Aside from these law enforcement concerns, what about the concerns of parents? Constantine argued that parents should question the impact of these laws on children. “How will parents be assured that their child’s Little League coach or scoutmaster is not using drugs?” Furthermore, passage of these laws sends the wrong message to kids. “The mixed messages we are sending will most likely have a terrible effect on parents’ ability to provide unequivocal information about drugs to their young children.”
Constantine reassured the Judiciary Committee that “the DEA will continue to target major drug traffickers, including major marijuana growers and distributors.” They would take action against doctors who violated the terms of the DEA registrations by giving approval for medical marijuana use. The DEA would work with other federal and state law enforcement agencies to “ensure that the citizens of both states will be protected from major drug traffickers and unscrupulous medical practitioners. In some cases, they will be one and the same.”
Nonetheless, a warning was necessary.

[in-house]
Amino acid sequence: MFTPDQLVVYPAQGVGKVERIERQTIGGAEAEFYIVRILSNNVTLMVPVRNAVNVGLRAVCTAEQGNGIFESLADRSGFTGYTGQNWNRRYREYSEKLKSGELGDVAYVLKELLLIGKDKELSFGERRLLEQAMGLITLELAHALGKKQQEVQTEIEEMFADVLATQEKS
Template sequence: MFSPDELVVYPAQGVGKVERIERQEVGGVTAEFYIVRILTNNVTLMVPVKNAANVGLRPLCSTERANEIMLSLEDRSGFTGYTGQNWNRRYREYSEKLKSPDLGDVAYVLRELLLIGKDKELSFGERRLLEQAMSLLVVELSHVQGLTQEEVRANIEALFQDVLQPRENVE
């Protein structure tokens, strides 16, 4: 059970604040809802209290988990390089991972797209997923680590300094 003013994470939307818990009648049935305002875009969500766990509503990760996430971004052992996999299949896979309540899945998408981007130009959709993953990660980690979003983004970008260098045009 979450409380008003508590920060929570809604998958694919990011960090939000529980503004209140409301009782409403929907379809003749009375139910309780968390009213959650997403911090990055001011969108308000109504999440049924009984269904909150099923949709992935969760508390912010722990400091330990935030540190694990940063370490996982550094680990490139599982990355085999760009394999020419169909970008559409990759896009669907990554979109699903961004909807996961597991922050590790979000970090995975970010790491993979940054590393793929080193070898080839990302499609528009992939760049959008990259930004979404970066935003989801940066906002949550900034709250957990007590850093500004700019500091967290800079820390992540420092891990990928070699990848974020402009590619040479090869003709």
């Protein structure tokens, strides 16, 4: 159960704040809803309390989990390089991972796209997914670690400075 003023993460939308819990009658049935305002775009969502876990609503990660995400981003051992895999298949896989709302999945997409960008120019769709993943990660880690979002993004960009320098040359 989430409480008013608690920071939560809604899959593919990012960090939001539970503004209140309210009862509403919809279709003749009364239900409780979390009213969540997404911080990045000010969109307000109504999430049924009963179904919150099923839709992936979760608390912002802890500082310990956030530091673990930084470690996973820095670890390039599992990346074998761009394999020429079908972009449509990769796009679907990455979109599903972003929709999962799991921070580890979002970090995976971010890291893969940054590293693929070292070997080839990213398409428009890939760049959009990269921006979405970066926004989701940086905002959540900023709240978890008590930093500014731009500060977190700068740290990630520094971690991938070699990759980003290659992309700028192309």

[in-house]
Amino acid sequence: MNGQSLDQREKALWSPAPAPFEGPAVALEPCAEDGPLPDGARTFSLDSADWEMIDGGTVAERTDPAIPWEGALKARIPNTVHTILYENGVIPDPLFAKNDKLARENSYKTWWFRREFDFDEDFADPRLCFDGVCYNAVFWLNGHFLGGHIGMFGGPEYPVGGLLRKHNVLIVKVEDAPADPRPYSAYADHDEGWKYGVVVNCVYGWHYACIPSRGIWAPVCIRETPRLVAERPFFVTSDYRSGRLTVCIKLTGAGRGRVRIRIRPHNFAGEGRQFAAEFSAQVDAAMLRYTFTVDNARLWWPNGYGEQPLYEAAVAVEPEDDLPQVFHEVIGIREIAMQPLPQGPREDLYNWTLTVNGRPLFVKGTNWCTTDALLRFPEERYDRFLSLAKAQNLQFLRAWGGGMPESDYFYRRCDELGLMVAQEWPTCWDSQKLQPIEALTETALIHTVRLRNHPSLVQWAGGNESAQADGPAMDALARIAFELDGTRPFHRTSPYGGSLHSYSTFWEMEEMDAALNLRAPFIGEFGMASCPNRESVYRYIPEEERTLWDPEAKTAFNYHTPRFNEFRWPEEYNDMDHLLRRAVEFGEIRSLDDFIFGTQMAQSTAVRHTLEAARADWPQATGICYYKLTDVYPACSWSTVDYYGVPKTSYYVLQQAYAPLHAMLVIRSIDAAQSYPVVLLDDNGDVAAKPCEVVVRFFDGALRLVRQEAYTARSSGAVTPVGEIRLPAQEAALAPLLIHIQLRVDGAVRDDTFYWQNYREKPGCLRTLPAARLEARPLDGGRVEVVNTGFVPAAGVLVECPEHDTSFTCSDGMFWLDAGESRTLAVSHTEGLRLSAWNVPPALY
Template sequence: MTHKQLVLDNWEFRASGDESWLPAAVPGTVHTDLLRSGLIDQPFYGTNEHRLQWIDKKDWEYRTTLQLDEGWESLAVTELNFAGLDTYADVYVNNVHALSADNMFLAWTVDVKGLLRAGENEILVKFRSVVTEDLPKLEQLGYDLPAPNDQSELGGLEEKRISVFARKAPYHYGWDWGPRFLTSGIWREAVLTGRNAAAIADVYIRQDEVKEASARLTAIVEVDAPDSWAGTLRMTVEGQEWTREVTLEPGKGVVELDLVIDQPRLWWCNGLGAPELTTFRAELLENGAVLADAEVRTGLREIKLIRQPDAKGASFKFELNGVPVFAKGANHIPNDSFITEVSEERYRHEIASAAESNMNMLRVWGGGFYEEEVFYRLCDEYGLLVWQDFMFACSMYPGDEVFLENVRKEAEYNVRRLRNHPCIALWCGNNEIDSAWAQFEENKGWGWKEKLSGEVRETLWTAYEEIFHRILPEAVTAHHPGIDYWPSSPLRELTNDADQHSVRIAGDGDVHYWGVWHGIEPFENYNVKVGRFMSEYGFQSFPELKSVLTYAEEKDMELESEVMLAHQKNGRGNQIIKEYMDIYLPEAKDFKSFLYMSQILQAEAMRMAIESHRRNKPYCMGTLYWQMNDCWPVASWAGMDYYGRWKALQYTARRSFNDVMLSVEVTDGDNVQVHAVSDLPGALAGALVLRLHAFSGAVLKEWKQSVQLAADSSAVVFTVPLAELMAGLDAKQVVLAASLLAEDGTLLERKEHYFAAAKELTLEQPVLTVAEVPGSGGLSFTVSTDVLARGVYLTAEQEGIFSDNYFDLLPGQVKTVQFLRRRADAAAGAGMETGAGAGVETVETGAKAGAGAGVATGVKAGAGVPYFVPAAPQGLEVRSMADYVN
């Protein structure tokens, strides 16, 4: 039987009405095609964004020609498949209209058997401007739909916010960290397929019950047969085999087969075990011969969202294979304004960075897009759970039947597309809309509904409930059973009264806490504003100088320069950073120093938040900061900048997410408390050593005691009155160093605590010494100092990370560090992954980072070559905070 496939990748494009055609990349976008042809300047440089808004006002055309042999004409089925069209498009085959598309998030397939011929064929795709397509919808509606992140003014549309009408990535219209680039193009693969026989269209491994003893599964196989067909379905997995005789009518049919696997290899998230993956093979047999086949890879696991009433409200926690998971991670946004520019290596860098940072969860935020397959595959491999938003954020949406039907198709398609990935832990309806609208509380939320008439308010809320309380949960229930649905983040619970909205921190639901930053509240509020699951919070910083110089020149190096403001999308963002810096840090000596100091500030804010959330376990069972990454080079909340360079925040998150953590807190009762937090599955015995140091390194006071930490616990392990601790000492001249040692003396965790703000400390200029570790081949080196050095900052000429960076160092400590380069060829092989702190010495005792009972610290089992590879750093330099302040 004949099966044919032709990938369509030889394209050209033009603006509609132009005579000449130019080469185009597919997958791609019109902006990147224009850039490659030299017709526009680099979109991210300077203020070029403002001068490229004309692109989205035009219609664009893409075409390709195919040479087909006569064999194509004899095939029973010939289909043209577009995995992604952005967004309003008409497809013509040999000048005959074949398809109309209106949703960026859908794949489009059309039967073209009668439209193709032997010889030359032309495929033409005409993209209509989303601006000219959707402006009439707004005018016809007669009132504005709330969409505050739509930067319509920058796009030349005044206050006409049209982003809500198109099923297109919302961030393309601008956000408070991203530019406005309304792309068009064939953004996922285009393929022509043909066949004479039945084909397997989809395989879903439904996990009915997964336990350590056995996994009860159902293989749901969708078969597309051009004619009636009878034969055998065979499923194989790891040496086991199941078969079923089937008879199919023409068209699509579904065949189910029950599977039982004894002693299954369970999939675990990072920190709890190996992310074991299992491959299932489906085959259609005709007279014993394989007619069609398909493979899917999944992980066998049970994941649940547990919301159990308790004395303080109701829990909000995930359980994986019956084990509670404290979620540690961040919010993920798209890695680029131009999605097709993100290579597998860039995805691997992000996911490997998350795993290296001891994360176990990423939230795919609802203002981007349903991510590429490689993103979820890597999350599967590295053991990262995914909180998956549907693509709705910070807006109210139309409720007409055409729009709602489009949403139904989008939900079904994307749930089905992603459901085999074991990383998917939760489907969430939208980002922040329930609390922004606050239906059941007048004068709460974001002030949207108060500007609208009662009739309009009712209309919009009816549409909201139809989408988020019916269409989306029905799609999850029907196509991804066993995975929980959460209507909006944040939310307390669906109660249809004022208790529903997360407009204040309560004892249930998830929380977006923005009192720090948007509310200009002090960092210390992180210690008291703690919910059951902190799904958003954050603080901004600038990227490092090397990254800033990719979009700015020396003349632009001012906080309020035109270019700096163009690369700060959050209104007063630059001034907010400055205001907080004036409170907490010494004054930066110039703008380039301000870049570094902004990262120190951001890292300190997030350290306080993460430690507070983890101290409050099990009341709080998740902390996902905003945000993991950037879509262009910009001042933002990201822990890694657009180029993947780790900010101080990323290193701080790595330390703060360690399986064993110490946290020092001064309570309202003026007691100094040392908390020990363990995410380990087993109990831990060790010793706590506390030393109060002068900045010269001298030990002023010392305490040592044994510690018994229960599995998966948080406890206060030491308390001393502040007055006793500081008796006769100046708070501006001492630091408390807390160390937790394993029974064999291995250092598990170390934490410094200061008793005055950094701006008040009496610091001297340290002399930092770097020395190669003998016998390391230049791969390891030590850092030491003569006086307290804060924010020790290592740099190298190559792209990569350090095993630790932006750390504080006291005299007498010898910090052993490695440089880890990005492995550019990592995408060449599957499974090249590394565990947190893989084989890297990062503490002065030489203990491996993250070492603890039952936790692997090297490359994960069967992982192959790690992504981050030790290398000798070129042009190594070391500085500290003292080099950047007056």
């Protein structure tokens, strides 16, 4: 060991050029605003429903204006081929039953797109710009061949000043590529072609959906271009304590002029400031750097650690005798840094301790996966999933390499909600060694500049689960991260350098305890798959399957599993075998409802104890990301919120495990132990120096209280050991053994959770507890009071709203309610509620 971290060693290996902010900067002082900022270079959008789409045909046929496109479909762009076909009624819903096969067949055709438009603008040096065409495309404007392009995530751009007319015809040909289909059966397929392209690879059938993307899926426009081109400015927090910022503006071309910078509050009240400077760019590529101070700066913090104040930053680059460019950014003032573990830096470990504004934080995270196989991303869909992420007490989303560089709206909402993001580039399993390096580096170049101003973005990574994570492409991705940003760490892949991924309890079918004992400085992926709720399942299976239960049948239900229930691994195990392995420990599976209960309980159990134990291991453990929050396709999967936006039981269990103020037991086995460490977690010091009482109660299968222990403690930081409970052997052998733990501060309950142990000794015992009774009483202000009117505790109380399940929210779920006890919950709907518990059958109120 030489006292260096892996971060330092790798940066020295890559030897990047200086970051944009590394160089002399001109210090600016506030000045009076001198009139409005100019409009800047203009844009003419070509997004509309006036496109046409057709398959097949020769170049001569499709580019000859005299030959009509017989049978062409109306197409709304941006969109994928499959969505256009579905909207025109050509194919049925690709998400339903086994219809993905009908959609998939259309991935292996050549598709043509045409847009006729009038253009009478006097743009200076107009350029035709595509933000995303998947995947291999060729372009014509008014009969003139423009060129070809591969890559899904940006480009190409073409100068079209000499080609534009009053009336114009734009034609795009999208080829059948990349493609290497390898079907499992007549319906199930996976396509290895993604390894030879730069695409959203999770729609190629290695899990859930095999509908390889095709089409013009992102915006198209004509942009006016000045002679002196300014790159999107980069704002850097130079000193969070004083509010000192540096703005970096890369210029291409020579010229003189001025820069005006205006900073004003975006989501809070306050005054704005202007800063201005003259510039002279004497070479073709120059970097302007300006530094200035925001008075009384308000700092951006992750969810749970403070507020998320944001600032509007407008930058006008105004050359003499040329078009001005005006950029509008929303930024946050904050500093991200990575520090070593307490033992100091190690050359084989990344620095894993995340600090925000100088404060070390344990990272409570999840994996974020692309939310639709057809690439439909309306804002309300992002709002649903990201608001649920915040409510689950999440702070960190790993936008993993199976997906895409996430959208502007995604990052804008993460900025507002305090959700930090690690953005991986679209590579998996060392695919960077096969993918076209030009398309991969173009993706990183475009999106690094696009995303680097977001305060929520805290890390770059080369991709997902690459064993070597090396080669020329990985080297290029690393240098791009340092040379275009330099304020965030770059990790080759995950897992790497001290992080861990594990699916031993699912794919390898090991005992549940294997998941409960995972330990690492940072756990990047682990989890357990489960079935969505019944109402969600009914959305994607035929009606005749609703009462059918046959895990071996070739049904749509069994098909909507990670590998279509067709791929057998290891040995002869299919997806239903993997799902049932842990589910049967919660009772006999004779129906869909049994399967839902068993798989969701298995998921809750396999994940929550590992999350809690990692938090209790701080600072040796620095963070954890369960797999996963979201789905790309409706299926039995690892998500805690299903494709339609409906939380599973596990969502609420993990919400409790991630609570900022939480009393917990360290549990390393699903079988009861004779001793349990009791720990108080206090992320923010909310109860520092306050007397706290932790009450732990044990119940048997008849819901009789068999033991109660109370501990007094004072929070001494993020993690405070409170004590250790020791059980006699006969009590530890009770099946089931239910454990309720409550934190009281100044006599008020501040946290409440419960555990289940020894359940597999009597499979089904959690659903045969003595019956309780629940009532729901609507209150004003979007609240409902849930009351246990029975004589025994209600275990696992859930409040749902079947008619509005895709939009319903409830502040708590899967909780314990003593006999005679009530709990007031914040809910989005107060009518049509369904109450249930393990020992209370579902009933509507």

“It is important for us to recognize that the proponents of drug legalization will not stop with California and Arizona. They intend to support and finance initiatives in many other states… We should keep our attention focused on the next tier of states targeted by the legalizers, and should learn from the California and Arizona experiences. I firmly believe that the legalizers will pour millions of dollars into legalization campaigns, and will work diligently to disguise the legalization issue as a compassionate pain relief issue. However, we must continue to educate Americans about the true nature of the debate, and ensure that they have the facts necessary for them to make a sound decision.”
Public support for legalization has changed. Law enforcement attitudes, especially those at the DEA, have not. The more things changed (like marijuana laws) the more things stay the same (the way reform is seen by law enforcement).